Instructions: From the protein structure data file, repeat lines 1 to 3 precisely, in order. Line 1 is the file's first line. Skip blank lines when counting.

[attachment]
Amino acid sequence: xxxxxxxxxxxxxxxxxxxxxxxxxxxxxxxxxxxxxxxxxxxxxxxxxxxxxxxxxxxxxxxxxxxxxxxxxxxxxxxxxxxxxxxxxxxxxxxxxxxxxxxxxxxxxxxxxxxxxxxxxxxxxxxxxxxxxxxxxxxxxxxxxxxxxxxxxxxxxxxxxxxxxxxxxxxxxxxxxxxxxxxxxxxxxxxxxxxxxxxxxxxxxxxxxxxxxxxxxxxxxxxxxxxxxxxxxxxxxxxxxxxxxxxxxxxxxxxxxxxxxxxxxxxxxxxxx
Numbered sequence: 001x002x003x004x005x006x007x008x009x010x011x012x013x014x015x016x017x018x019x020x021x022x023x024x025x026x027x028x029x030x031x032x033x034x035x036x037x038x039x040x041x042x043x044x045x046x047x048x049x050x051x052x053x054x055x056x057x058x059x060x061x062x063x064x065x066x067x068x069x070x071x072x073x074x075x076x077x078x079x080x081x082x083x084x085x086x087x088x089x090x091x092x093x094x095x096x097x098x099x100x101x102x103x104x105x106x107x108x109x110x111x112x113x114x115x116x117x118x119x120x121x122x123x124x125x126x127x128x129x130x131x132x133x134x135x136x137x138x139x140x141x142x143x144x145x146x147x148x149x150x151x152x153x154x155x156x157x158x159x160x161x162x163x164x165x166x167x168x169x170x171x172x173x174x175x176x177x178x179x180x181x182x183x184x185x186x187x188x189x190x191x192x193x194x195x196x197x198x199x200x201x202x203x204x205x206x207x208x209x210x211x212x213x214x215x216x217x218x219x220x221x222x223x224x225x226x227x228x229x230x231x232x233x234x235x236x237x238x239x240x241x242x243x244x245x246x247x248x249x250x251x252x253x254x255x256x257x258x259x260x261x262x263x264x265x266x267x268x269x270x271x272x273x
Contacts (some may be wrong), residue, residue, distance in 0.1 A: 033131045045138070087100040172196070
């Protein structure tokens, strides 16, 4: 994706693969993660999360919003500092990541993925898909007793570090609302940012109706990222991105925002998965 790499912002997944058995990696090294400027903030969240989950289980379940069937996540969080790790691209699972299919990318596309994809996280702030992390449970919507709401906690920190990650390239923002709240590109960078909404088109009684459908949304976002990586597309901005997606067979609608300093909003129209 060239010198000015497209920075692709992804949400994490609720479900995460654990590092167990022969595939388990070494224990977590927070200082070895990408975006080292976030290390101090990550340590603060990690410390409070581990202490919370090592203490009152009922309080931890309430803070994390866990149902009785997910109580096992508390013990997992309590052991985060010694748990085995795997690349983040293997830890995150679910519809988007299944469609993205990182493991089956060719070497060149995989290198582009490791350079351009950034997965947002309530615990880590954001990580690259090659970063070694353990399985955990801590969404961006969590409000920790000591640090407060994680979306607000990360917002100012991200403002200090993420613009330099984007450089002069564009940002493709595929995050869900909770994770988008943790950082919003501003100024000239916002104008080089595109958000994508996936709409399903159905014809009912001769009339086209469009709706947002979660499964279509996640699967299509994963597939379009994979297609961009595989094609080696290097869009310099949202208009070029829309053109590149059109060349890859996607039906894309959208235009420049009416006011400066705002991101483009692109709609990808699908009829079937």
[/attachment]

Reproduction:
Amino acid sequence: xxxxxxxxxxxxxxxxxxxxxxxxxxxxxxxxxxxxxxxxxxxxxxxxxxxxxxxxxxxxxxxxxxxxxxxxxxxxxxxxxxxxxxxxxxxxxxxxxxxxxxxxxxxxxxxxxxxxxxxxxxxxxxxxxxxxxxxxxxxxxxxxxxxxxxxxxxxxxxxxxxxxxxxxxxxxxxxxxxxxxxxxxxxxxxxxxxxxxxxxxxxxxxxxxxxxxxxxxxxxxxxxxxxxxxxxxxxxxxxxxxxxxxxxxxxxxxxxxxxxxxxxxxxxxxxxx
Numbered sequence: 001x002x003x004x005x006x007x008x009x010x011x012x013x014x015x016x017x018x019x020x021x022x023x024x025x026x027x028x029x030x031x032x033x034x035x036x037x038x039x040x041x042x043x044x045x046x047x048x049x050x051x052x053x054x055x056x057x058x059x060x061x062x063x064x065x066x067x068x069x070x071x072x073x074x075x076x077x078x079x080x081x082x083x084x085x086x087x088x089x090x091x092x093x094x095x096x097x098x099x100x101x102x103x104x105x106x107x108x109x110x111x112x113x114x115x116x117x118x119x120x121x122x123x124x125x126x127x128x129x130x131x132x133x134x135x136x137x138x139x140x141x142x143x144x145x146x147x148x149x150x151x152x153x154x155x156x157x158x159x160x161x162x163x164x165x166x167x168x169x170x171x172x173x174x175x176x177x178x179x180x181x182x183x184x185x186x187x188x189x190x191x192x193x194x195x196x197x198x199x200x201x202x203x204x205x206x207x208x209x210x211x212x213x214x215x216x217x218x219x220x221x222x223x224x225x226x227x228x229x230x231x232x233x234x235x236x237x238x239x240x241x242x243x244x245x246x247x248x249x250x251x252x253x254x255x256x257x258x259x260x261x262x263x264x265x266x267x268x269x270x271x272x273x
Contacts (some may be wrong), residue, residue, distance in 0.1 A: 033131045045138070087100040172196070